Opening 25 May 2006
In recent times, when Hollywood wastes no extra investment in finding fresh material, they just fall back on remaking old movies, much to the dismay of most. Is it playing on nostalgia to lure moviegoers back to the cinema (perhaps the appeal of Bewitched was a warm fuzzy feeling from a childhood fascination with twitching noses and magic?...Don't start me on the arrogance of producers who think they can beat Peter Sellars' Inspector Clouseau....) Remakes run rampant, so the other route is to dig up old children's books and adapt just about any material into a feature film. With a ho and a hum, I pulled my kids to see the preview of Curious George, not expecting much after seeing Ron Howard massacre The Grinch live-action adaptation from the Dr. Seuss book and holiday cartoon.
From the opening credits of George playing with his jungle friends, your feet start tapping to the Hawaiian beat tunes of Jack Johnson. You smile, because you know from the first scene that this is a sweet and charming transition from book to screen. George, the curious chimpanzee (not an actual monkey as he has no tail) looks like he did in the book first published in 1941 from H.A. Rey and wife Margret Rey, perhaps with a slightly rounder and more "animated" face, but it suits him well. The other main character is Ted, a.k.a.The Man in the Yellow Hat (voiced exceptionally well by comedian Will Ferrell),whose jump from illustration to animation is not just accurate in sketching and shading, but he now has a name, and a love interest Maggie (voice of Drew Barrymore, which is too distinctive to believe as any character other than Drew Barrymore). Additionally, he acquires more dimension in the form of a Ross-like (Friends) academic personality, which is more malleable and less parent-like than the Man in the book series.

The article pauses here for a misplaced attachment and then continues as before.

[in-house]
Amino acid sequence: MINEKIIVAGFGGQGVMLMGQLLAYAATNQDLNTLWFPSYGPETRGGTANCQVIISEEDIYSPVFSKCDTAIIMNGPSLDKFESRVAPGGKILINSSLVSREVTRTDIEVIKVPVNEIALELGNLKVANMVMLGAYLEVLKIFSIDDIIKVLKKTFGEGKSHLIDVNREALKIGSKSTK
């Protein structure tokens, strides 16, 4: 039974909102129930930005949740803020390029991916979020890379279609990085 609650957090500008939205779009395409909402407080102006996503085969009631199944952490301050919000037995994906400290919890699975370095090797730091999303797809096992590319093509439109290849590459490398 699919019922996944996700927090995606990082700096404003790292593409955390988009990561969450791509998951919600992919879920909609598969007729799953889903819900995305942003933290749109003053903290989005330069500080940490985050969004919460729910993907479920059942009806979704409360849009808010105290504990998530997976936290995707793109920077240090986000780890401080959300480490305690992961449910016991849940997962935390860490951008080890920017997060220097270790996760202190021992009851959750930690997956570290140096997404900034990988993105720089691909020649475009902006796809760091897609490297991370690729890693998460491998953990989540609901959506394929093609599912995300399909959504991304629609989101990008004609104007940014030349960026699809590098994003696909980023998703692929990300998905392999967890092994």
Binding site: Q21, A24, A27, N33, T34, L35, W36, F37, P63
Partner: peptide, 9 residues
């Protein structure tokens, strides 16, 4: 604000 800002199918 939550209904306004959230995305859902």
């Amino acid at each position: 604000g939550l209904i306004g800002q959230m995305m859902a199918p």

In the pre-politically correct days, George was captured because of his curiosity of the yellow hat, but now he follows Ted from a tropical expedition in Africa to a ship bound for New York of his own free will. There is a plot, albeit a humble, simple one, but a nice frame to build for the monkey-in-the-big-city antics we know are coming. Especially cute is the story of how Ted got his distinctive yellow suit and why he has it on all the time.
As a self-proclaimed stickler for keeping movies JUST LIKE THE BOOK, I tried to be skeptical, critical and harsh while evaluating Curious George, but I couldn't help but love it despite the cell phones that get a net in Africa and take digital pictures. In my eyes, Ron Howard redeemed himself with George, Jack Johnson and Will Ferrell. This is what family entertainment should be, so enjoy, but be prepared to spend another 15 Euros for a Jack Johnson CD because you will be singing that theme song all day long, happily. (Kirstan Böttger)